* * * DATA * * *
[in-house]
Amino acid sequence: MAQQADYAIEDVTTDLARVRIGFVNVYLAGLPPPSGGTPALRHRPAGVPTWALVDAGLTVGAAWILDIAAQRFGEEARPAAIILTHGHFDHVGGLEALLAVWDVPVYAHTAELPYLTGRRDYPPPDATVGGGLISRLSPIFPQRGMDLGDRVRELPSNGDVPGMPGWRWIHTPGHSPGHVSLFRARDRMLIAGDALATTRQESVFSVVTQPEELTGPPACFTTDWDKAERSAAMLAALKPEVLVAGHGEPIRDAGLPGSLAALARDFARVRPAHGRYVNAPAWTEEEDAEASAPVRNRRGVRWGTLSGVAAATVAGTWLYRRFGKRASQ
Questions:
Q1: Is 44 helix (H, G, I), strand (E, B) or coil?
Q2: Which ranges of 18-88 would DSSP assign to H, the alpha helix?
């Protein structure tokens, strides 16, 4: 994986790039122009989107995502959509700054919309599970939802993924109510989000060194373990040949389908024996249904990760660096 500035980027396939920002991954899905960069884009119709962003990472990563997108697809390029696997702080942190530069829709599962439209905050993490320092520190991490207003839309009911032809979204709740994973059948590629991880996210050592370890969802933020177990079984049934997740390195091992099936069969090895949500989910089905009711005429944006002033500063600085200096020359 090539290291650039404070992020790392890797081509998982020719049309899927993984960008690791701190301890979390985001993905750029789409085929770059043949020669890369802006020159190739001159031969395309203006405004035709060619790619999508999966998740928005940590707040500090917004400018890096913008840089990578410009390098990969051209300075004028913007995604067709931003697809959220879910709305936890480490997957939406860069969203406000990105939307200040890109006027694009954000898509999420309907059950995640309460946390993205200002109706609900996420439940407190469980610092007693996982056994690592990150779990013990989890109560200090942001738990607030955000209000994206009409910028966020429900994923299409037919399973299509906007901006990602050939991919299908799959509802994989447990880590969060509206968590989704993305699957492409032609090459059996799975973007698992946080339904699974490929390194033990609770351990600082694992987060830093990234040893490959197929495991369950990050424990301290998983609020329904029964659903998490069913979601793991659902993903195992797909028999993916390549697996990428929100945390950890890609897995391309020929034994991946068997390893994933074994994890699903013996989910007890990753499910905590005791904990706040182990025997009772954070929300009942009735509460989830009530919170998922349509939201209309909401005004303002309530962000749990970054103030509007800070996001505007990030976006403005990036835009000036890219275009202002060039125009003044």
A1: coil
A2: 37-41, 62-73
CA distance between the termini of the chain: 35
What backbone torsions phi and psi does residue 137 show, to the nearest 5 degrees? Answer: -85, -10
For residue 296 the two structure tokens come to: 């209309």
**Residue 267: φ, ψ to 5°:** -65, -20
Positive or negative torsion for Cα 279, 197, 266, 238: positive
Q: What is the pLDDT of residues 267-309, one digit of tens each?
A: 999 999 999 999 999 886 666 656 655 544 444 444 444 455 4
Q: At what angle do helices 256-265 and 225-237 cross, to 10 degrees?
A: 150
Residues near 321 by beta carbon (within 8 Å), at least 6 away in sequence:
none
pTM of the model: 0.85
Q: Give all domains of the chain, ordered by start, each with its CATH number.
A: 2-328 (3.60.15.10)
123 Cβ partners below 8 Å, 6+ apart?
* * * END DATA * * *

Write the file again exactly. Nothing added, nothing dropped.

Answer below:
[in-house]
Amino acid sequence: MAQQADYAIEDVTTDLARVRIGFVNVYLAGLPPPSGGTPALRHRPAGVPTWALVDAGLTVGAAWILDIAAQRFGEEARPAAIILTHGHFDHVGGLEALLAVWDVPVYAHTAELPYLTGRRDYPPPDATVGGGLISRLSPIFPQRGMDLGDRVRELPSNGDVPGMPGWRWIHTPGHSPGHVSLFRARDRMLIAGDALATTRQESVFSVVTQPEELTGPPACFTTDWDKAERSAAMLAALKPEVLVAGHGEPIRDAGLPGSLAALARDFARVRPAHGRYVNAPAWTEEEDAEASAPVRNRRGVRWGTLSGVAAATVAGTWLYRRFGKRASQ
Questions:
Q1: Is 44 helix (H, G, I), strand (E, B) or coil?
Q2: Which ranges of 18-88 would DSSP assign to H, the alpha helix?
């Protein structure tokens, strides 16, 4: 994986790039122009989107995502959509700054919309599970939802993924109510989000060194373990040949389908024996249904990760660096 500035980027396939920002991954899905960069884009119709962003990472990563997108697809390029696997702080942190530069829709599962439209905050993490320092520190991490207003839309009911032809979204709740994973059948590629991880996210050592370890969802933020177990079984049934997740390195091992099936069969090895949500989910089905009711005429944006002033500063600085200096020359 090539290291650039404070992020790392890797081509998982020719049309899927993984960008690791701190301890979390985001993905750029789409085929770059043949020669890369802006020159190739001159031969395309203006405004035709060619790619999508999966998740928005940590707040500090917004400018890096913008840089990578410009390098990969051209300075004028913007995604067709931003697809959220879910709305936890480490997957939406860069969203406000990105939307200040890109006027694009954000898509999420309907059950995640309460946390993205200002109706609900996420439940407190469980610092007693996982056994690592990150779990013990989890109560200090942001738990607030955000209000994206009409910028966020429900994923299409037919399973299509906007901006990602050939991919299908799959509802994989447990880590969060509206968590989704993305699957492409032609090459059996799975973007698992946080339904699974490929390194033990609770351990600082694992987060830093990234040893490959197929495991369950990050424990301290998983609020329904029964659903998490069913979601793991659902993903195992797909028999993916390549697996990428929100945390950890890609897995391309020929034994991946068997390893994933074994994890699903013996989910007890990753499910905590005791904990706040182990025997009772954070929300009942009735509460989830009530919170998922349509939201209309909401005004303002309530962000749990970054103030509007800070996001505007990030976006403005990036835009000036890219275009202002060039125009003044």
A1: coil
A2: 37-41, 62-73
CA distance between the termini of the chain: 35
What backbone torsions phi and psi does residue 137 show, to the nearest 5 degrees? Answer: -85, -10
For residue 296 the two structure tokens come to: 């209309």
**Residue 267: φ, ψ to 5°:** -65, -20
Positive or negative torsion for Cα 279, 197, 266, 238: positive
Q: What is the pLDDT of residues 267-309, one digit of tens each?
A: 999 999 999 999 999 886 666 656 655 544 444 444 444 455 4
Q: At what angle do helices 256-265 and 225-237 cross, to 10 degrees?
A: 150
Residues near 321 by beta carbon (within 8 Å), at least 6 away in sequence:
none
pTM of the model: 0.85
Q: Give all domains of the chain, ordered by start, each with its CATH number.
A: 2-328 (3.60.15.10)
123 Cβ partners below 8 Å, 6+ apart?